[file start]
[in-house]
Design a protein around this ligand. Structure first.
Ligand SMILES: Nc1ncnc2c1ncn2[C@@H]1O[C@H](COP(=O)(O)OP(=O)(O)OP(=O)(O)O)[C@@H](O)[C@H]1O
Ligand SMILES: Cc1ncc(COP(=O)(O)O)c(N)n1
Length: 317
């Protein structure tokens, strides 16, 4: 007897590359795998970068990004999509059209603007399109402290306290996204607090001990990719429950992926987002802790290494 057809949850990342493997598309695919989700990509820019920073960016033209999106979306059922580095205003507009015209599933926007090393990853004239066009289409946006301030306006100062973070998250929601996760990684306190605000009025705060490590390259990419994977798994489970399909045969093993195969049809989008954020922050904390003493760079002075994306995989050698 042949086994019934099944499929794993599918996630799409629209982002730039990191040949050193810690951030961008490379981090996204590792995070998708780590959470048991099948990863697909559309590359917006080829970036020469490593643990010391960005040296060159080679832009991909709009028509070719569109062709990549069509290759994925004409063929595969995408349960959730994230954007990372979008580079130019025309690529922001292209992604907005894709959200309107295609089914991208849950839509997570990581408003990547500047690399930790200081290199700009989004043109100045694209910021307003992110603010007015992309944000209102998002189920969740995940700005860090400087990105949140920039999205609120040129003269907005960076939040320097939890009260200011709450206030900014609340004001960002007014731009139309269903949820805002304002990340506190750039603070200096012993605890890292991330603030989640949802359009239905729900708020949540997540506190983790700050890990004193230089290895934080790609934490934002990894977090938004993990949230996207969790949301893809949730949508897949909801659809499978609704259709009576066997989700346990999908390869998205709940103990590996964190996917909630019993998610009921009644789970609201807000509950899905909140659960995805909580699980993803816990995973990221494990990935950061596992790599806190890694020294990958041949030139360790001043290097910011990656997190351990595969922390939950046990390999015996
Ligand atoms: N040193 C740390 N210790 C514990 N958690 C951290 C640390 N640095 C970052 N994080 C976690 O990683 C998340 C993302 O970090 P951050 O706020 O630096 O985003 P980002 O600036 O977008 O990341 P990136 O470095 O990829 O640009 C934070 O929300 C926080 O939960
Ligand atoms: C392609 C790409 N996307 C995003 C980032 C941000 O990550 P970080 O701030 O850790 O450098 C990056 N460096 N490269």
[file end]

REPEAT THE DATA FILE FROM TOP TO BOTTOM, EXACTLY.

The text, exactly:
[in-house]
Design a protein around this ligand. Structure first.
Ligand SMILES: Nc1ncnc2c1ncn2[C@@H]1O[C@H](COP(=O)(O)OP(=O)(O)OP(=O)(O)O)[C@@H](O)[C@H]1O
Ligand SMILES: Cc1ncc(COP(=O)(O)O)c(N)n1
Length: 317
């Protein structure tokens, strides 16, 4: 007897590359795998970068990004999509059209603007399109402290306290996204607090001990990719429950992926987002802790290494 057809949850990342493997598309695919989700990509820019920073960016033209999106979306059922580095205003507009015209599933926007090393990853004239066009289409946006301030306006100062973070998250929601996760990684306190605000009025705060490590390259990419994977798994489970399909045969093993195969049809989008954020922050904390003493760079002075994306995989050698 042949086994019934099944499929794993599918996630799409629209982002730039990191040949050193810690951030961008490379981090996204590792995070998708780590959470048991099948990863697909559309590359917006080829970036020469490593643990010391960005040296060159080679832009991909709009028509070719569109062709990549069509290759994925004409063929595969995408349960959730994230954007990372979008580079130019025309690529922001292209992604907005894709959200309107295609089914991208849950839509997570990581408003990547500047690399930790200081290199700009989004043109100045694209910021307003992110603010007015992309944000209102998002189920969740995940700005860090400087990105949140920039999205609120040129003269907005960076939040320097939890009260200011709450206030900014609340004001960002007014731009139309269903949820805002304002990340506190750039603070200096012993605890890292991330603030989640949802359009239905729900708020949540997540506190983790700050890990004193230089290895934080790609934490934002990894977090938004993990949230996207969790949301893809949730949508897949909801659809499978609704259709009576066997989700346990999908390869998205709940103990590996964190996917909630019993998610009921009644789970609201807000509950899905909140659960995805909580699980993803816990995973990221494990990935950061596992790599806190890694020294990958041949030139360790001043290097910011990656997190351990595969922390939950046990390999015996
Ligand atoms: N040193 C740390 N210790 C514990 N958690 C951290 C640390 N640095 C970052 N994080 C976690 O990683 C998340 C993302 O970090 P951050 O706020 O630096 O985003 P980002 O600036 O977008 O990341 P990136 O470095 O990829 O640009 C934070 O929300 C926080 O939960
Ligand atoms: C392609 C790409 N996307 C995003 C980032 C941000 O990550 P970080 O701030 O850790 O450098 C990056 N460096 N490269």